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To: usmcobra
The last time I checked, ANIMATED films don't have to be cut, nor are there any out takes or bloopers.

I recognize that Pixar's films are almost certainly digitally edited so the contents of each lab reel can be output as a batch, but non-computer-animated films have certainly been assembled by cutting negatives. Further, both hand-drawn and computer-generated movies can have real outtakes. Usually stuff that doesn't work is yanked before going to ink and paint or final rendering, but there are exceptions.

43 posted on 07/06/2006 7:52:58 PM PDT by supercat (Sony delenda est.)
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To: supercat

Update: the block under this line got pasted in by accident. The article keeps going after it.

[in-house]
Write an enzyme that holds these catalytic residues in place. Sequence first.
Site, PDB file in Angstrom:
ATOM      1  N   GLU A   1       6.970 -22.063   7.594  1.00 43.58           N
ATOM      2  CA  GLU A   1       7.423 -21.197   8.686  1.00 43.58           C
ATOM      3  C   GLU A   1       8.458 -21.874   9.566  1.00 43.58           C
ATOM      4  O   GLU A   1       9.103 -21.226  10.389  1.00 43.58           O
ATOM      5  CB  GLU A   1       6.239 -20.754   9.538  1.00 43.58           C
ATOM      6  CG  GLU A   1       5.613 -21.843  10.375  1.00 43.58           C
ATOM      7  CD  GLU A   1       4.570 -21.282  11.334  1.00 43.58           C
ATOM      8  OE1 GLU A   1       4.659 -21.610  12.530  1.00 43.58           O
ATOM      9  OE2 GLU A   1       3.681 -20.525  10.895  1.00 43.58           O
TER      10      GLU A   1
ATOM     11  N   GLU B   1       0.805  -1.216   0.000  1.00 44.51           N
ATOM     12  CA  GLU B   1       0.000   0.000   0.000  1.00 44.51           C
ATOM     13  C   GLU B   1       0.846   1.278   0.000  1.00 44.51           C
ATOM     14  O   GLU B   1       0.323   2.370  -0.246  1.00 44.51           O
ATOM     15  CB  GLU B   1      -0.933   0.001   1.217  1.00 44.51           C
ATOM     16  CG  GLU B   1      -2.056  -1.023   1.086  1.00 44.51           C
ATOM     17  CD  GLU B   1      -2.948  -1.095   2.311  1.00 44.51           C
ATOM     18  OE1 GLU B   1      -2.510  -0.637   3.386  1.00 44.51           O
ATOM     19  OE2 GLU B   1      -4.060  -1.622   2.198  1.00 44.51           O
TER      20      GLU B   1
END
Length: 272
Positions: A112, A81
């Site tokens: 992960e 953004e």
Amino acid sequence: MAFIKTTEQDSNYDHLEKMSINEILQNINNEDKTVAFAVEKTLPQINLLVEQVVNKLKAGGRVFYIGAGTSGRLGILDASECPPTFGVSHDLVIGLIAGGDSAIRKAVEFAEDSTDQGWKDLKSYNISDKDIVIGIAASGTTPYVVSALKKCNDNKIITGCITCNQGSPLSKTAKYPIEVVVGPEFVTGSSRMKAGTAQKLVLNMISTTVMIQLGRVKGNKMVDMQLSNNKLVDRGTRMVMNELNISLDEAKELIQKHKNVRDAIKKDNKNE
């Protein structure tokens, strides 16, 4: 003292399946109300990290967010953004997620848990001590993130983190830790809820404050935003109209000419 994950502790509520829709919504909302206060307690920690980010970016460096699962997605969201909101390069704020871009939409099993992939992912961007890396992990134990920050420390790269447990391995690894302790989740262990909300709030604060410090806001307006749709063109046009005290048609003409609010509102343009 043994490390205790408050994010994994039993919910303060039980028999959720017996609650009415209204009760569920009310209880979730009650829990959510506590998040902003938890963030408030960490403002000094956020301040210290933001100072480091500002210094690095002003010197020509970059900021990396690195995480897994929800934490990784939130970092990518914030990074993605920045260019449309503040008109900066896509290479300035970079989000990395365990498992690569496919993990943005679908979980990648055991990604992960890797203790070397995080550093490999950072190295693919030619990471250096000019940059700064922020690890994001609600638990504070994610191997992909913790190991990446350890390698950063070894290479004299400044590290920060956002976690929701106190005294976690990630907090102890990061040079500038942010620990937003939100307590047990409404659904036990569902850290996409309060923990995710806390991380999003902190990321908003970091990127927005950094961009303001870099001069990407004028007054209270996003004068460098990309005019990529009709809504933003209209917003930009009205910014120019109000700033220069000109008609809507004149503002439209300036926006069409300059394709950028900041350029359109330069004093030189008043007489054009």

Animated story boards are the test vehicles, a technique borrowed from Studio Ghibli. No out takes or unnecessary effort required.
45 posted on 07/06/2006 7:57:22 PM PDT by usmcobra (How many ICBM tests does it take before Kim Jung Il is consider a threat? let's find out 1,2,3...)
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To: supercat
The last time I checked, ANIMATED films don't have to be cut, nor are there any out takes or bloopers.

I'm a 3-d animator. There is no such thing as a blooper or outtake from an animated movie. Every motion, every single one, is made by a human. Even the ones that are batch created (crowds and the like) are under the absolute control of a human.

In animation everything that any character does costs money. Every character is owned or worked on by someone who wants that money.

If they say it's a blooper or an outtake, they are lying. It's an extra meant to sell the dvd or movie.

No animator does free work for which they can get paid.

That's what demo reels are for.
61 posted on 07/06/2006 8:35:39 PM PDT by Anvilhead (Dammit Jim, I'm an Ameri-can not an Ameri-can't.)
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